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Hey everyone, I'm currently taking an Eletricity and Magnetism course and I'm having dificulty answering this problem. I've gone to my tutor, but sadly, he hasn't taken E+M for a while now and couldn't recall off the top of his head how to go about solving this. We went through my book together, but couldn't find any examples pertaining to this type of problem. (We did find examples of induced EMF's obviously, but making the leap to a spinning rod seems to be too great a task)

Anyways, here is the problem I'm working on:

A metal rod is spinning on an axis that is located in the middle of the rod, and perpendicular to the rod's length. If the rod is in an external magnetic field that is parallel to the axis the rod is spinning on, how would I go about finding the induced emf?

The rod's thickness is negligible but has length L. It's spinning at 1500 rev/s and the magnetic field is 7.5T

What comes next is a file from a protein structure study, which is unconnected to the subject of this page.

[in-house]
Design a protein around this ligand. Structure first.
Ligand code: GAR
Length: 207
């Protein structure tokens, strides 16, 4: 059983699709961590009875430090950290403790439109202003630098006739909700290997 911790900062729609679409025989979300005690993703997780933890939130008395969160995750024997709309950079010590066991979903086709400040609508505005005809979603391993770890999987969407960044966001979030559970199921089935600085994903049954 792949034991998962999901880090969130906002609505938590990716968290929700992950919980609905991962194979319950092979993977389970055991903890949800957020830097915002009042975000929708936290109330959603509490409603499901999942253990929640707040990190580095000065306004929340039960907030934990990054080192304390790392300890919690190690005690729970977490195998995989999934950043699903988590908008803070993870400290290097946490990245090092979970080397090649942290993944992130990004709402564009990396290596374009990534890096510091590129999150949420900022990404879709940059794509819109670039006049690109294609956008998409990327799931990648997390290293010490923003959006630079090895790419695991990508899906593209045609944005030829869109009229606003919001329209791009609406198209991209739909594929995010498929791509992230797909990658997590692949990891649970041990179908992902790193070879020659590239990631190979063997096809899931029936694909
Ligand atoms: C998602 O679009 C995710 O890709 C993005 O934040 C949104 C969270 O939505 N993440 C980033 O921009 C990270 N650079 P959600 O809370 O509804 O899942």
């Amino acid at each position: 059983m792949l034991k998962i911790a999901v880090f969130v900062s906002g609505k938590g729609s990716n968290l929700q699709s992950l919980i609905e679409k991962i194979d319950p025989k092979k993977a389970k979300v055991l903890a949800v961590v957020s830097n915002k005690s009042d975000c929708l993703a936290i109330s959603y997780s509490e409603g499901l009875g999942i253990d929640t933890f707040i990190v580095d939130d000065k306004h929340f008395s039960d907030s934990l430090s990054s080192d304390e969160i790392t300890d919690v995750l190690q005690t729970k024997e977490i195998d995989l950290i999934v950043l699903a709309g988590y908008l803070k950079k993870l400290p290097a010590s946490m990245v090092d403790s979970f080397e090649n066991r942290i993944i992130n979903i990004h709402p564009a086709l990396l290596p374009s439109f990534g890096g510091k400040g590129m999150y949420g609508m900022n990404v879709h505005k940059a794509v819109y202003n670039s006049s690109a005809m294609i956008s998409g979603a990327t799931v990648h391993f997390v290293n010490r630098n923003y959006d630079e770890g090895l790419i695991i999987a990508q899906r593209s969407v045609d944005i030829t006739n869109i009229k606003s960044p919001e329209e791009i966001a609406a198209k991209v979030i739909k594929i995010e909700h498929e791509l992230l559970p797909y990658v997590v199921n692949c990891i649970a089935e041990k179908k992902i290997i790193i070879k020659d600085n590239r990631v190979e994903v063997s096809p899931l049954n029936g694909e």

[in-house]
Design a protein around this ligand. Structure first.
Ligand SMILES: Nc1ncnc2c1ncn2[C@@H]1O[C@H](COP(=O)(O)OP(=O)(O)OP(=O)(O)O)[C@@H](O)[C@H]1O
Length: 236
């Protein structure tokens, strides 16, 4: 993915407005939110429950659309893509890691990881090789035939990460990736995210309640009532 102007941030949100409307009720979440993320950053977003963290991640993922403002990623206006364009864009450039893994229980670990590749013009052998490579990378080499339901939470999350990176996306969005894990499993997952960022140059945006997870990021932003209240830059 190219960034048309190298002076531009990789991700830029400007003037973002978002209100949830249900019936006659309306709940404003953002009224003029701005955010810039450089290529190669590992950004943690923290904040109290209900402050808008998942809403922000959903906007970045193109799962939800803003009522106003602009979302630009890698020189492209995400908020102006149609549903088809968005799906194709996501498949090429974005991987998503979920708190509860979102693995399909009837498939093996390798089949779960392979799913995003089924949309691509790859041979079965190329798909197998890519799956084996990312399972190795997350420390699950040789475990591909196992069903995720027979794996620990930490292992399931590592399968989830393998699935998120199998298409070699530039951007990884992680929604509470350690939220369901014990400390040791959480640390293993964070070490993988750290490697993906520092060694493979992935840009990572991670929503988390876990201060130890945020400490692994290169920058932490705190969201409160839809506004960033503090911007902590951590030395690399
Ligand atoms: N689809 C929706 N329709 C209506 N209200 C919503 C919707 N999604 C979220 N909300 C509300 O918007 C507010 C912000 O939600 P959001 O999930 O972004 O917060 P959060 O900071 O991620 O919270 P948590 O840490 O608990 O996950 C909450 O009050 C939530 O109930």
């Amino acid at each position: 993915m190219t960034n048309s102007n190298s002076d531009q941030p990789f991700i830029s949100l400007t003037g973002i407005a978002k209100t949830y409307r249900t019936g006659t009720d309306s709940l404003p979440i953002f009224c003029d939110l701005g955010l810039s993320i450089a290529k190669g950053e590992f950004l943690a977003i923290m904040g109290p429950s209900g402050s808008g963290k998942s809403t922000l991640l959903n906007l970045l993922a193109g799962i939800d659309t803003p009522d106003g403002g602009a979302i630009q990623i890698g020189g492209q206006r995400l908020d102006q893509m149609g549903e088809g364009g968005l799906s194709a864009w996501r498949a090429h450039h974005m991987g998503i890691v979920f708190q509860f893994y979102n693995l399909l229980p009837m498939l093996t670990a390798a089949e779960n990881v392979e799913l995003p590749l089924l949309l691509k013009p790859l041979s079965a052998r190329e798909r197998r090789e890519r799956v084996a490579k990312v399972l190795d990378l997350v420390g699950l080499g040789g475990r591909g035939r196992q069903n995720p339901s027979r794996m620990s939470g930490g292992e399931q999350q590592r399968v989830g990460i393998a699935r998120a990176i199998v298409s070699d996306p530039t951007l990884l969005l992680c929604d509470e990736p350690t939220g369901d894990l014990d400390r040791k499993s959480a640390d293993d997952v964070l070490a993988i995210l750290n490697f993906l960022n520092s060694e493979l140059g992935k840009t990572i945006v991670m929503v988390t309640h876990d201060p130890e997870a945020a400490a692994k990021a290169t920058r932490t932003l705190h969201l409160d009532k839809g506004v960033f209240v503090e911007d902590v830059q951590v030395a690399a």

Any pointers would be appreciated!

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closed as too localized by David Z Oct 23 '12 at 4:04

This question is unlikely to help any future visitors; it is only relevant to a small geographic area, a specific moment in time, or an extraordinarily narrow situation that is not generally applicable to the worldwide audience of the internet. For help making this question more broadly applicable, visit the help center.If this question can be reworded to fit the rules in the help center, please edit the question.

    
Hi Jacob, Could you please be specific as to what part of electromagnetic induction is confusing to you? For example, are you confused about how electromagnetic induction is related to the Lorentz force? Please check out this thread on our meta site: meta.physics.stackexchange.com/questions/689/homework-format –  Mark Eichenlaub May 3 '11 at 6:00